Finnish-born pianist Marja Kaisla will perform two recitals at Chestnut Hill’s Woodmere Art Museum this weekend, each boasting a different program.
Finnish-born pianist Marja Kaisla will perform two recitals at Chestnut Hill’s Woodmere Art Museum this weekend, each boasting a different program spanning the piano repertoire in both depth and breadth.
Kaisla’s first performance is scheduled for Friday, Jan. 20, at 6 p.m.; the second is set for Saturday, Jan. 21, also at 6 p.m.
The first recital’s program features Franz Liszt’s “Rhapsodie Espagnole,” Johannes Brahms’ “25 Variations and Fugue on a Theme by Handel,” Claude Debussy’s “Estampes,” and Igor Stravinsky’s “Petrushka Suite,” arranged for solo piano from his full-length ballet as a commission by the legendary Polish pianist, Artur Rubinstein. The second recital’s roster of music boasts Franz Schubert’s “Six Moments Musicaux,” Opus 94, and his Sonata in B-flat major, D 960, Opus Posthumous.
Kaisla said, “I have been living in the U.S. since 1987, after I finished school at the Sibelius Academy in Finland and the St. Petersburg Conservatory in Russia. I came here to see what musical life was like and to study with Susan Starr.”
Starr is a world-famous concert pianist who was a winner in the 1962 Tchaikovsky Piano Competition. She’s also a locally born-and-bread musician. She studied first privately and then at the Curtis Institute of Music with the late legendary piano pedagogue Eleanor Sokoloff. She continued later studies with Rudolf Serkin at Curtis. The Tchaikovsky Competition was made internationally famous in 1958 when Texas-born Juilliard School of Music student Van Cliburn was the first prize winner.
Kaisla explained that she hadn’t intended to remain in the U.S. but that teaching opportunities evolved and so she chose to consider staying, at least for the short term.
“I’ve always preferred teaching privately,” she continued, “instead of being in academia. I feel that the private studio gives total autonomy and freedom to work with students of all ages and levels. Today, my students’ age range is from six to 92.”
Kaisla recalled that the emergence of COVID-19 in 2020 was a real challenge. She gave no performances for two years.
“However,” she added, “I wanted to do something useful with my time at home in Wynnewood, so besides deciding to learn to play tennis and subsequently having become a real fanatic in that sport, I also decided to learn challenging pieces in the piano repertoire, which I might have otherwise not gotten to, and those are the pieces I’ll perform at Woodmere Art Museum.”
Kaisla explained that she has enjoyed learning so many big repertoire pieces. “I have been able to let the music open up to me naturally and without having any pressure to learn these pieces quickly,” she said.
“The Friday program includes masterpieces by Liszt, Brahms, Debussy and Stravinsky,” she said. “I wanted to pair Liszt and Brahms in the first half, as Liszt’s ‘Rhapsodie Espagnole’ and Brahms’ ‘Handel Variations’ were composed only three years apart but are vastly different in their styles.”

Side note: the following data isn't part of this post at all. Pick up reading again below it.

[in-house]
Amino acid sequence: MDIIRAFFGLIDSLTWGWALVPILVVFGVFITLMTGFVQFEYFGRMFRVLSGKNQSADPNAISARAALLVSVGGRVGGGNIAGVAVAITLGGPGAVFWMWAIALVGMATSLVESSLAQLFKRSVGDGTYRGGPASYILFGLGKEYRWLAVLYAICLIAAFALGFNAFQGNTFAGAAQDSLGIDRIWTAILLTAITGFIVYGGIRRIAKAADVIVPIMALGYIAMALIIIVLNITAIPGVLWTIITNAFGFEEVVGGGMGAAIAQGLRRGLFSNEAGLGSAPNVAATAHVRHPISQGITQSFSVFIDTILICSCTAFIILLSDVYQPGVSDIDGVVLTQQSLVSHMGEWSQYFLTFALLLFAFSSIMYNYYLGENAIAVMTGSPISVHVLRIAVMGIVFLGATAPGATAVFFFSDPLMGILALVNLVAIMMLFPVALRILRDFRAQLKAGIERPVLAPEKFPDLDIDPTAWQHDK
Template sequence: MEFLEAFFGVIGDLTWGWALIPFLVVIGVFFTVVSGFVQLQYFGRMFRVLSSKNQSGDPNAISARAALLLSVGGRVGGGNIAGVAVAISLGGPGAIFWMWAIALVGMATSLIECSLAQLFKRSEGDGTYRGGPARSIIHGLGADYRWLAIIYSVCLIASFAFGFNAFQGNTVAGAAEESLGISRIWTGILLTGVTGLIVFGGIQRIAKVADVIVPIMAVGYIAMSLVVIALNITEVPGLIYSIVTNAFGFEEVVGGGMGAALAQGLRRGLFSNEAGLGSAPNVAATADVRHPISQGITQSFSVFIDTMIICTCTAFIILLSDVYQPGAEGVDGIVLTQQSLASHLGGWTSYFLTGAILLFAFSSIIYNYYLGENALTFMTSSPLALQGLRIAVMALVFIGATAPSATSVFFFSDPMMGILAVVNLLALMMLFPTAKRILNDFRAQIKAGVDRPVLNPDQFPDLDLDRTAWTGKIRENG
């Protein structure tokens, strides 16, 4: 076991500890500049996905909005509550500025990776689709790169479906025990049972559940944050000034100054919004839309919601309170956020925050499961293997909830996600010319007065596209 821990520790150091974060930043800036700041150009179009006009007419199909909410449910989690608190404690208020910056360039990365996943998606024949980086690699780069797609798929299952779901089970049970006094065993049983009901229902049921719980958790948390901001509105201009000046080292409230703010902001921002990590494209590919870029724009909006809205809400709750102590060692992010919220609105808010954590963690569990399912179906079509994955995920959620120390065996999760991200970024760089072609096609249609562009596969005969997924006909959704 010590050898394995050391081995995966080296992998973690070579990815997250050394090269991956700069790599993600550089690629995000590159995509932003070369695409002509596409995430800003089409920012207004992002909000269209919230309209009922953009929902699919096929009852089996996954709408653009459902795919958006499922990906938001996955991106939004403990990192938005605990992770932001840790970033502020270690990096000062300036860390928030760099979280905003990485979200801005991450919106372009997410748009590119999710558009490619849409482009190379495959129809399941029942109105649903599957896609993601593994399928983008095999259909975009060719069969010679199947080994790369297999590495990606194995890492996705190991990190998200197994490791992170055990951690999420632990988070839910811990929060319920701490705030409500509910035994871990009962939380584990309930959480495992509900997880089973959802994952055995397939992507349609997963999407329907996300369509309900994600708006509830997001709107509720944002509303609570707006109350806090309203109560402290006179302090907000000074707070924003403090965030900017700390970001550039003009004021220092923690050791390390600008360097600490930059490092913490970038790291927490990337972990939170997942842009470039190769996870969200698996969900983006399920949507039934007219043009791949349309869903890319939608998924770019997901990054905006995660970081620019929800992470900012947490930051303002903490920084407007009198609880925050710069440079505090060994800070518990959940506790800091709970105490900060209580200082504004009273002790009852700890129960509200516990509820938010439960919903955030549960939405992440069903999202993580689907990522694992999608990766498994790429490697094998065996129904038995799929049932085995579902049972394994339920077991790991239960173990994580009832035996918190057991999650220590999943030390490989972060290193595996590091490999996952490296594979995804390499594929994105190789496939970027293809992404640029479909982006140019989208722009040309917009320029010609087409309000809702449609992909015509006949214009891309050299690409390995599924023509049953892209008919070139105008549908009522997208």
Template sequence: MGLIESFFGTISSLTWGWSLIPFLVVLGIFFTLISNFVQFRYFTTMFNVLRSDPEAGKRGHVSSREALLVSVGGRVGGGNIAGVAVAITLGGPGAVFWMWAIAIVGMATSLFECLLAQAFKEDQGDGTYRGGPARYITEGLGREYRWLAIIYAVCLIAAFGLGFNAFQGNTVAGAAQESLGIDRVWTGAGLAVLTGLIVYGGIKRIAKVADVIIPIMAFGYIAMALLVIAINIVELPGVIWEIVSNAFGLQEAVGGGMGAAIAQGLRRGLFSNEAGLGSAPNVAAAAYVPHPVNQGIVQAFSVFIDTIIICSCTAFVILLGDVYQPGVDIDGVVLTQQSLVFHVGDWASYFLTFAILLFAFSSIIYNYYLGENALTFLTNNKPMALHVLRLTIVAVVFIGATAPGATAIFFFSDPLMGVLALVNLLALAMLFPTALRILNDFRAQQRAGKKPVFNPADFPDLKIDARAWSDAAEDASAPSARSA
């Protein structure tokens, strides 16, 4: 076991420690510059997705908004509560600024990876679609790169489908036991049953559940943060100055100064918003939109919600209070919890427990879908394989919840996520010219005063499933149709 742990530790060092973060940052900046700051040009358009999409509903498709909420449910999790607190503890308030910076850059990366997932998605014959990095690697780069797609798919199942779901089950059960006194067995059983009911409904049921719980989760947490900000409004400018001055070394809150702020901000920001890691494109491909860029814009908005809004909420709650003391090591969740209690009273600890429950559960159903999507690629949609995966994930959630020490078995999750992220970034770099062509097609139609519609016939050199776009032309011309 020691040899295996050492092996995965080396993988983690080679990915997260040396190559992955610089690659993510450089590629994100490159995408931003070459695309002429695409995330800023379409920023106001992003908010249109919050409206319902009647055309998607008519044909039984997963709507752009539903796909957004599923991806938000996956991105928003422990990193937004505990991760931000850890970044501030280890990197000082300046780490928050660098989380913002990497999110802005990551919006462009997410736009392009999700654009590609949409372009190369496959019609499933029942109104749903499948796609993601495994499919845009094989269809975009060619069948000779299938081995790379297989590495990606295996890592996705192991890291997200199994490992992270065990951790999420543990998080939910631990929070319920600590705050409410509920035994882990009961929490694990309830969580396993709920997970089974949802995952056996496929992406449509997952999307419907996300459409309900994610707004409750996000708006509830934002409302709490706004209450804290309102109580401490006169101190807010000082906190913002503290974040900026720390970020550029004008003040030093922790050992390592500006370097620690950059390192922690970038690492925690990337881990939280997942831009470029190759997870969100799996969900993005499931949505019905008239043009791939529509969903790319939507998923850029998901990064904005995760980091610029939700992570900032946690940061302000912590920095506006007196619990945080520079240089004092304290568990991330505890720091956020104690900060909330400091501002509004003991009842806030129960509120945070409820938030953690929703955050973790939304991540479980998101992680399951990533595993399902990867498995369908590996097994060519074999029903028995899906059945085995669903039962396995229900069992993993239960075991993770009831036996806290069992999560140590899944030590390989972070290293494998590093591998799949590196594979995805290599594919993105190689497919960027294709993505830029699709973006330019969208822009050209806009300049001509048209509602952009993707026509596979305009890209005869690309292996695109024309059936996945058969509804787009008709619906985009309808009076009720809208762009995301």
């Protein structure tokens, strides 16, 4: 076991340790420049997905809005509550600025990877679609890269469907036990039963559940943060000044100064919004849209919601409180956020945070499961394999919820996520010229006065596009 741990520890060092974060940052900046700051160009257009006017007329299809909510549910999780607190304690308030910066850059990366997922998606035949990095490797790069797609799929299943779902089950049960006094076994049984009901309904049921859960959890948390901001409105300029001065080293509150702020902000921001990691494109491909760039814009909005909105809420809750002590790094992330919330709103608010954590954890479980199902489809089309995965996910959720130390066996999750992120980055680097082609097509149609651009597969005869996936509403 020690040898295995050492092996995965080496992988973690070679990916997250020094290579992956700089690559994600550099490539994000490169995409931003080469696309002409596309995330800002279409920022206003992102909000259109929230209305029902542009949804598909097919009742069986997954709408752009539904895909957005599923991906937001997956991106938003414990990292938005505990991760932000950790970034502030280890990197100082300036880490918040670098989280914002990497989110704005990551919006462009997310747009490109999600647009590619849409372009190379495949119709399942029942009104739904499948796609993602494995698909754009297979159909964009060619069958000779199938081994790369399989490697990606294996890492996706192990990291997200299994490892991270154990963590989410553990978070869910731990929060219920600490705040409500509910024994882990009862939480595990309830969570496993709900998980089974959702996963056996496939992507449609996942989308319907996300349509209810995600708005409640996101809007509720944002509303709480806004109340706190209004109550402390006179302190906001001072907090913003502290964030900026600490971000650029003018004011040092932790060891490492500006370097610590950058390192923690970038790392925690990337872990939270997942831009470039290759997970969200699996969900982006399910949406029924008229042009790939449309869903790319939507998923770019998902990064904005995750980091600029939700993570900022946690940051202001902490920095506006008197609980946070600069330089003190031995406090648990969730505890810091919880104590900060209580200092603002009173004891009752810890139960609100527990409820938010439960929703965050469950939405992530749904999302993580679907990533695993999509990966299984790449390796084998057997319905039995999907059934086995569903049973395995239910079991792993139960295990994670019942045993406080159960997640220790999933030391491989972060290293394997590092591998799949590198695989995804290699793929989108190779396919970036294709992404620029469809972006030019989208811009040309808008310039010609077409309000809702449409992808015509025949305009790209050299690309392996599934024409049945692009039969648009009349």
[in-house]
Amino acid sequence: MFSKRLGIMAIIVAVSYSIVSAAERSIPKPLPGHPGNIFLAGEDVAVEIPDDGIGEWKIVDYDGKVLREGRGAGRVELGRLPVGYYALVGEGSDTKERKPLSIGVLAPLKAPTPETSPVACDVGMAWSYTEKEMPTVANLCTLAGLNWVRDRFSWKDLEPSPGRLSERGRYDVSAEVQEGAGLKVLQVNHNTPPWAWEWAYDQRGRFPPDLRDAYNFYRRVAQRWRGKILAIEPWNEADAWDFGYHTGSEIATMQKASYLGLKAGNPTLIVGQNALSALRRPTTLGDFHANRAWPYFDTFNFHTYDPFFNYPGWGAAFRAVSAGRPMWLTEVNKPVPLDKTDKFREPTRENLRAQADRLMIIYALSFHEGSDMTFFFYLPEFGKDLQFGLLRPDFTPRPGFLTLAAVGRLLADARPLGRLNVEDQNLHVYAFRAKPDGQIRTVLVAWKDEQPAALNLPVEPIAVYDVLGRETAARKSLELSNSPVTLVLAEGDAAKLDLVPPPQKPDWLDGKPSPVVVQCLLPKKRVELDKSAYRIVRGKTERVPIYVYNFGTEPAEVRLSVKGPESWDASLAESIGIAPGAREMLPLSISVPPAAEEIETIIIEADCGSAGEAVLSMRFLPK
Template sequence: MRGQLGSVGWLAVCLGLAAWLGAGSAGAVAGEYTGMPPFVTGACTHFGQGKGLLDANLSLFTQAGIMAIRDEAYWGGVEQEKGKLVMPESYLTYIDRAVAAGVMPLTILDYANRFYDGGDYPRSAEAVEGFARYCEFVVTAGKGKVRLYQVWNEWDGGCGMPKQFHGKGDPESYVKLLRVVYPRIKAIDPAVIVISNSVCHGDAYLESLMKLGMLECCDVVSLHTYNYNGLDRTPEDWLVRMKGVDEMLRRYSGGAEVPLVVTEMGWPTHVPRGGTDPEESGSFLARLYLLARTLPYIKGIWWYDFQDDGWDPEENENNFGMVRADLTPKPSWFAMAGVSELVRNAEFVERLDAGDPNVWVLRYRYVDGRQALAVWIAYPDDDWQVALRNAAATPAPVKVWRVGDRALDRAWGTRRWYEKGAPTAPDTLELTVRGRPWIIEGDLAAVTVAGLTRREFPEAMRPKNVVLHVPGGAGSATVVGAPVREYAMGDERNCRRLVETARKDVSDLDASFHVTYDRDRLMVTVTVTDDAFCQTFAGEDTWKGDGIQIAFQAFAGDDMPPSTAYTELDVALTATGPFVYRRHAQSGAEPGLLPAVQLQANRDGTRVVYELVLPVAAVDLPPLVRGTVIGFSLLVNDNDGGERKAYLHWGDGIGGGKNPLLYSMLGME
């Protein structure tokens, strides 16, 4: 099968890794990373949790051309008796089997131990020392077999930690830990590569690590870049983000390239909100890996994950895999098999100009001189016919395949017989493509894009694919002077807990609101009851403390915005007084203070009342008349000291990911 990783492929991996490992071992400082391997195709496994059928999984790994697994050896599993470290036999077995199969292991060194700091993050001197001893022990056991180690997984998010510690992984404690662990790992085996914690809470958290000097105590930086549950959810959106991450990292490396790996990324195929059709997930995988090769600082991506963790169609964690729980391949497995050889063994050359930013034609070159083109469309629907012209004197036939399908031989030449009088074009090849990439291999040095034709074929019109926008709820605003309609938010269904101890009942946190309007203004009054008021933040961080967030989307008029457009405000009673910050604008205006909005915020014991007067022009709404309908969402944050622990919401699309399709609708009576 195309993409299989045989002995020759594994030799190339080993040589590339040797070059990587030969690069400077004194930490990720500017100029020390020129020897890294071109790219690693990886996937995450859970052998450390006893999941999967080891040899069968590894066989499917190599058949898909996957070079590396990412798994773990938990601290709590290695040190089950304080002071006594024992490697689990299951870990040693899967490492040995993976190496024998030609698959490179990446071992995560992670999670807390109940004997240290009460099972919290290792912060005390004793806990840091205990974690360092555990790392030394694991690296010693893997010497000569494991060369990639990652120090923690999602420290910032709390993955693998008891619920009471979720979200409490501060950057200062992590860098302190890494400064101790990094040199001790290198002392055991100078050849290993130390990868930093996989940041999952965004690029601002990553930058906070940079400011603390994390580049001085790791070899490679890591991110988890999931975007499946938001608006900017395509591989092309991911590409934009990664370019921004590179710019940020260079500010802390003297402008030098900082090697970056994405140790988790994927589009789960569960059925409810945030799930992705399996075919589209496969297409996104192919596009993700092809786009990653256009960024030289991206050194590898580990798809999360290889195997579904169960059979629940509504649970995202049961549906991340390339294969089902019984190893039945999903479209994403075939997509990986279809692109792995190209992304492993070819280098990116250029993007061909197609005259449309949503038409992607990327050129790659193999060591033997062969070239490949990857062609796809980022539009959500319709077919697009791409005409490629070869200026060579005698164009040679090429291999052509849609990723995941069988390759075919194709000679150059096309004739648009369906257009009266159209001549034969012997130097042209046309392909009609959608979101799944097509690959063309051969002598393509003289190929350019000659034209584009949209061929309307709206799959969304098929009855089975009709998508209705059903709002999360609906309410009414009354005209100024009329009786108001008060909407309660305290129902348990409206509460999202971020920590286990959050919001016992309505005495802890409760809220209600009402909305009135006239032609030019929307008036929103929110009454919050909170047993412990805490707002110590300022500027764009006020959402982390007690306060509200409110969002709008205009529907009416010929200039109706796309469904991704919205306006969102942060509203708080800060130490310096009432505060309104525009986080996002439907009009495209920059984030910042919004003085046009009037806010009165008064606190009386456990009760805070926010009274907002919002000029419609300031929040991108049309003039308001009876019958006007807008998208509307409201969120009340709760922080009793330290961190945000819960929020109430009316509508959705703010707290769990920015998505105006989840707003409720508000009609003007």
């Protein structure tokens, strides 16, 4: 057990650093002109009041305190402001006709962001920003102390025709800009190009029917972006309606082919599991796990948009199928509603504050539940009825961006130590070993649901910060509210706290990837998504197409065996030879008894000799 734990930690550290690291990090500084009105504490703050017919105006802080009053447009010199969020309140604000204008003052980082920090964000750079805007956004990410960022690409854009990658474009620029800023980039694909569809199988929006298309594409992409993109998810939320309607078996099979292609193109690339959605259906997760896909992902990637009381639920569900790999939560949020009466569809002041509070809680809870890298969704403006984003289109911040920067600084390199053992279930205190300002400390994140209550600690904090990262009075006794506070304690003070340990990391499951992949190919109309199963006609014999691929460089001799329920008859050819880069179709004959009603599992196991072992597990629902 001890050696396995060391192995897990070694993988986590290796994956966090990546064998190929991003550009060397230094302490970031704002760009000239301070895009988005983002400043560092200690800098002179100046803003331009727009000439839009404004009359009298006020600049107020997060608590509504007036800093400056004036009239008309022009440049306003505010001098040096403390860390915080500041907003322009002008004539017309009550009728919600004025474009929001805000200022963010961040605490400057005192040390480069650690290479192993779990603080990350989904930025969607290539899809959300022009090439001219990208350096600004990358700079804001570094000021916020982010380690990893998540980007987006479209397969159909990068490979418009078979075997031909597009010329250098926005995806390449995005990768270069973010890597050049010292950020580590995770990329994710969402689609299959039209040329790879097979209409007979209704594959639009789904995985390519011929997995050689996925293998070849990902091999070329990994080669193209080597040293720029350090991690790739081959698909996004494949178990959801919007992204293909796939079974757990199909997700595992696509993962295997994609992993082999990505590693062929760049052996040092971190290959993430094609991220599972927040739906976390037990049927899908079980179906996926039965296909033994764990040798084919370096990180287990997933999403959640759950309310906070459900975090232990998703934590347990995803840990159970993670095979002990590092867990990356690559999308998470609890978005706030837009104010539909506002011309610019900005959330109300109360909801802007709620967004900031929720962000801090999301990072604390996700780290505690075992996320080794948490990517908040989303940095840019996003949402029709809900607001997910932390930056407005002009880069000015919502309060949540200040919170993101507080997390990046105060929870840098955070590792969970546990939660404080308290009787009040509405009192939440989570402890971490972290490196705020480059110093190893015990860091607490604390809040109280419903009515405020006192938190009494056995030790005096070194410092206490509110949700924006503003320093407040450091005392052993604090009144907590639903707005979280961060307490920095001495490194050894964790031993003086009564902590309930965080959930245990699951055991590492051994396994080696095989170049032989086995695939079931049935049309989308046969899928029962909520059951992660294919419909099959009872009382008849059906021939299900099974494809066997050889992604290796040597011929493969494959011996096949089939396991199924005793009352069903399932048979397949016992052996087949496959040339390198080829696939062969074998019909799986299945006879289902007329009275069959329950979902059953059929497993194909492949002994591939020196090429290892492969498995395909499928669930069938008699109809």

Continuing, Kaisla noted, “The two composers – Debussy and Stravinsky – were not necessarily close to each other in any way. On the other hand, they knew each other well and even played four-hand piano music together. There are certain elements in Stravinsky’s ‘Petrushka’ that remind me of Debussy, which I find fascinating. The solo piano version is one of the greatest and most complex pieces written for the piano, but even with all of its dissonances and ‘impossible’ passages, I find the music to be mostly Russian folk tunes, joyful dances, full of drama and romanticism. Stravinsky couldn’t hide his own background of having been a student of Nicolai Rimsky-Korsakov and the true Russian school, which emphasizes a ‘singing tone’ above everything else.”
An interesting historical note concerning Stravinsky’s “Petrushka’ Suite,” and it’s having been commissioned by Artur Rubinstein, is that when the celebrated pianist received the first draft of the piano version, he found it so simplistic that it didn’t capture the “feel” of the original ballet score. The composer subsequently upped the ante.
“Petrushka” was the second of Stravinsky’s three ballets composed in the manner of his “Russian” style, the first of his three periods. The other two ballets are “The Firebird” and “The Rite of Spring.” Together they changed the course of classical music.
Also interesting is the fact that none of them are regularly danced by ballet companies any longer while they remain an active part of the symphonic repertoire. In this aspect, they’re different from Peter Ilych Tchaikovsky’s scores. His three ballet masterpieces – “The Nutcracker,” “The Sleeping Beauty” and “Swan Lake” – remain active parts of every ballet company’s repertoire. Their productions often mark the difference between financial success or failure in a given season.
Kaisla concluded, “As an antidote to Friday’s repertoire, Saturday’s recital will be all Schubert –the simplicity and intimacy of both the ‘Six Moments Musicaux’ and the Sonata in B-flat major.”
That Sonata by Schubert – one of his very last pieces written before his death in Vienna at the age of 31 in 1828 (one year following Beethoven’s death) – is often considered one of greatest works for piano solo in the entire repertoire. The great exponent of Beethoven’s piano sonatas, Artur Schnabel, considered it the only work for piano worthy of following Beethoven’s final three piano sonatas, Opuses 109, 110 and 111.
For more information visit www.woodmereartmuseum.org.